The health of a nation depends on the health of its children, and it is now evident that child health underpins health in adolescents, later life and also in subsequent generations for a variety of reasons including environmental, metabolic and epigenetic changes. There are many challenges in child health in Europe and globally.1 2 Inequalities in health status and health outcomes of children and adolescents within Europe are of great concern to paediatric societies and all those working in child health.3
Diversity a valuable resource
Diversity, or noticeable heterogeneity, for many years has generated controversy on whether it is a resource for success or a barrier to improvement. Many feel uncomfortable with the term diversity and some academics and businesses have replaced it with ‘inclusion’ and ‘equity’. Diversity is difficult to interpret in many European contexts, including science and particularly in the care of children, due to differing historical, cultural, social and economic influences. This may lead to misunderstandings, detrimental conflicts, resentment and resistance, so that its benefits are not always realised. However, diversity and inclusion should be perceived as a valuable resource to help provide optimum healthcare for European children living in different social, cultural and economic environments. We should resist the temptation to indiscriminately equalise clinical approaches, but at the same time not compromise therapies, protocols or outcome. We should support countries to provide child health services that best meet the needs of their individual country.
Diversity in paediatric care
European paediatrics has a longstanding history of coping with the concept of diversity.4 From the ashes of the two world wars that engulfed the globe during the past century, Europeans moved to build a better future. Equity and social justice among others were essential factors in this positive effort. Medical science in general and paediatrics in particular experienced an unprecedented boost, favoured by successful scientific cooperation between medical doctors, their institutions and with industrial companies. The multiple achievements reached during this period, such as the development of antibiotics, vaccinations and chemotherapy, well represent that fruitful period. The Cold War and the creation of the iron curtain was an unfortunate obstacle to the integration of European paediatrics into a true single scientific community operating under a common set of principles, promoting the pursuit of knowledge and the sharing of common ethics with regard to the integrity of the scientific process.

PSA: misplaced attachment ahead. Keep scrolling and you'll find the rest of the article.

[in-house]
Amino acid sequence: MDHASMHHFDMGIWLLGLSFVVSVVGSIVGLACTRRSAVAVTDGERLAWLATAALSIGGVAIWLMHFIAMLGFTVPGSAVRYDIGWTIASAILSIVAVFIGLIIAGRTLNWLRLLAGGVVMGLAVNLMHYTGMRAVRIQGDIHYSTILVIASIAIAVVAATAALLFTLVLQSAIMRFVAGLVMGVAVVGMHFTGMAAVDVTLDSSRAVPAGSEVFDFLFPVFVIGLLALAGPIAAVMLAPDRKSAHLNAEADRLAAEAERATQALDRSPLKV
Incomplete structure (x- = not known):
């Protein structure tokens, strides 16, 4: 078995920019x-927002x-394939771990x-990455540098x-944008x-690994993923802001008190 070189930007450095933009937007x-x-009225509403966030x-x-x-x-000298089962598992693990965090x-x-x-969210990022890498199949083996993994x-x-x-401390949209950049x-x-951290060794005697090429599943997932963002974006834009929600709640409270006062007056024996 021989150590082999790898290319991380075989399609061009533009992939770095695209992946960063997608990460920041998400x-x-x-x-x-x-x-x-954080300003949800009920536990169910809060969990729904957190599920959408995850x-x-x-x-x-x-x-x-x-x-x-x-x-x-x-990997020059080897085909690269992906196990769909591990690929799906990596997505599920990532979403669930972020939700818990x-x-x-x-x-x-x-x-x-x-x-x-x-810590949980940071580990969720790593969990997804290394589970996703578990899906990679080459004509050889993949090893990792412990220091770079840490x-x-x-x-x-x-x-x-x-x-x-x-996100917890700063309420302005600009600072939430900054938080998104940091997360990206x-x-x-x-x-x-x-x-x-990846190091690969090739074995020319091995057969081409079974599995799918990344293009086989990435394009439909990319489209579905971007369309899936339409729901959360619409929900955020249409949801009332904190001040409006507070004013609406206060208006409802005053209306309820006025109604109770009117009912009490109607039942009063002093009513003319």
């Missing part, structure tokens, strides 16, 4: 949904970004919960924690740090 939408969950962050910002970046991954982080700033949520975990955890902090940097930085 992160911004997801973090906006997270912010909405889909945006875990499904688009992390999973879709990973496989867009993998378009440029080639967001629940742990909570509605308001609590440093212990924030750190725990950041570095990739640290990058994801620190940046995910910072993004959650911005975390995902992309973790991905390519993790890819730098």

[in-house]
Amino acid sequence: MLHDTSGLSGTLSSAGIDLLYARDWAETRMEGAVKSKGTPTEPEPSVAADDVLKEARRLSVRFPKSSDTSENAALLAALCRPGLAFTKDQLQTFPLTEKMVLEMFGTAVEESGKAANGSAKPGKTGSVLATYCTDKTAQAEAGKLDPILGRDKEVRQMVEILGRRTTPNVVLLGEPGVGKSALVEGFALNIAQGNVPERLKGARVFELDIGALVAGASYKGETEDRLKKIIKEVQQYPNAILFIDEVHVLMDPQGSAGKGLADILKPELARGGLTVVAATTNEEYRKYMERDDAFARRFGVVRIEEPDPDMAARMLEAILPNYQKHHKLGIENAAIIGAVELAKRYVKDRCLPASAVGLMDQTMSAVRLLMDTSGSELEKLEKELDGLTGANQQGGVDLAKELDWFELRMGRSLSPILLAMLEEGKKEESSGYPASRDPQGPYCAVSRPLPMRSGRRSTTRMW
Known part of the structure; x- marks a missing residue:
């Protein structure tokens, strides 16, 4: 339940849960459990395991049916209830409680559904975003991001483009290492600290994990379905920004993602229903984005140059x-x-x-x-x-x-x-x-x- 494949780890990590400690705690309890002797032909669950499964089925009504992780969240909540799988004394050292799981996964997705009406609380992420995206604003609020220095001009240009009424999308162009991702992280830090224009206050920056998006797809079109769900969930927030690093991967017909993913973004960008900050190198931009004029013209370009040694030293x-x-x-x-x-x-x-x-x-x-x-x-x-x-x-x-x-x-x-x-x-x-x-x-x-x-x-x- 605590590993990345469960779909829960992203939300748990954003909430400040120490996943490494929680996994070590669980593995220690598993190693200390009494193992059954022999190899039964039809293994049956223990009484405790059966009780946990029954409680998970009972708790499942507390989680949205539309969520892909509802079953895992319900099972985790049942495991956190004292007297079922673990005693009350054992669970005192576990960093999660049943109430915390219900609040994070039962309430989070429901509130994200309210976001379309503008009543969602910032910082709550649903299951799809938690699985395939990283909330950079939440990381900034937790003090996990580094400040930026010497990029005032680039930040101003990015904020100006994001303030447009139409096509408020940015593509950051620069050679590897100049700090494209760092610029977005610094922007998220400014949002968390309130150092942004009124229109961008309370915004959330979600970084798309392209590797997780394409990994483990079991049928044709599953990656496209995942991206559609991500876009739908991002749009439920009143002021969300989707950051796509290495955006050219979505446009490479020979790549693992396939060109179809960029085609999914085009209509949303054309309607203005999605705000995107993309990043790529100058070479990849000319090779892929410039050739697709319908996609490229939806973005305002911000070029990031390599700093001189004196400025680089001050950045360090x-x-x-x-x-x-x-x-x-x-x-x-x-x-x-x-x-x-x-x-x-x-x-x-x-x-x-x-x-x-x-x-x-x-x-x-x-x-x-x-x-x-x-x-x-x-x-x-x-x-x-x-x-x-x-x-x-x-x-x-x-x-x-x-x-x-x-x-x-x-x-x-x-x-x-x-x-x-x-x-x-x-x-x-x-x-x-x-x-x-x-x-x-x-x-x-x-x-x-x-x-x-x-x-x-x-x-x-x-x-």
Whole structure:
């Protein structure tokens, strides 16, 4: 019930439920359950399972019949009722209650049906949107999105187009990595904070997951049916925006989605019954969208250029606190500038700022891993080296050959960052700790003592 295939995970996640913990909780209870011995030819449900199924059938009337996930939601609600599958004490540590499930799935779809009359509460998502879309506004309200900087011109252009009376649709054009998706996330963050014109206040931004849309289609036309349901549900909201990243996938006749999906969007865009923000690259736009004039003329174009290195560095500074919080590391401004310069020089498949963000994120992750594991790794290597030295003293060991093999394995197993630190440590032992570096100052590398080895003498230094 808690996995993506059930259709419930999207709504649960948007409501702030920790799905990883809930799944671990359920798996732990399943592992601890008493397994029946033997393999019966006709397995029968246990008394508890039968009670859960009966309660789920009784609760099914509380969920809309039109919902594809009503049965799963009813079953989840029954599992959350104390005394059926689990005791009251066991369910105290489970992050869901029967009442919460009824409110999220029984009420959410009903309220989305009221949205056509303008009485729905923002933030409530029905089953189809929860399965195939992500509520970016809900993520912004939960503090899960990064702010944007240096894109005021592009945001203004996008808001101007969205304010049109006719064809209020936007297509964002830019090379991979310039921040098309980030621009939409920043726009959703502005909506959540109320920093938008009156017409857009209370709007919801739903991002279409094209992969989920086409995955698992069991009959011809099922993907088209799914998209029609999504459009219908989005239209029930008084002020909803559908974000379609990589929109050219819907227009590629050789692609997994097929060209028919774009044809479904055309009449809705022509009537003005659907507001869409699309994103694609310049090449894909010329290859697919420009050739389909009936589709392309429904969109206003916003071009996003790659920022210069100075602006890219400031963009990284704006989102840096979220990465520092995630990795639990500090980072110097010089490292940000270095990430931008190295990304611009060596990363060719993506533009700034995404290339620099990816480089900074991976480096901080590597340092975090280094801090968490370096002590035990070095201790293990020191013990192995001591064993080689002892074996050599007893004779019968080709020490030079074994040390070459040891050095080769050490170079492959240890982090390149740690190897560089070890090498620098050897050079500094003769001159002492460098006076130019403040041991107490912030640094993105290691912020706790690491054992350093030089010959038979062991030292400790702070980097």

In the cultural atmosphere produced by circumstances where scientific interactions between Eastern and Western Europe were extremely rare, European paediatricians felt the compelling need to found in 1975 the Union of National European Paediatric Societies and Associations, later developed into the European Paediatric Association (EPA-UNEPSA). Its mission was to overcome obstacles to productive scientific interactions, embracing diversity as a resource and fostering the exchange of experiences and cooperation among paediatricians in Europe. Its goal was to enable paediatricians and scientific societies exchange scientific information and share best practices, in the spirit of learning across borders and languages. Half a century later and following the collapse of the iron curtain, the importance of exploring diversities and similarities in current challenges and approaches to child health across Europe has not declined.1 More recent successful innovations in the prevention and management of healthcare in children include the management of unpredicted challenges such as COVID-19 and fiscal difficulties.5 Also, migrant children and adolescents have their own unique health and psychosocial issues requiring additional services and support.6 These challenges provide unique opportunities for different countries to share experience.
There are considerable differences among the 53 European countries in their approach to paediatric educational programmes, curricula content, educational strategies and its quality assurance. Undergraduate paediatric programmes vary from a relatively short period allocated to child health within a general medical curriculum to a curriculum completely devoted to child health.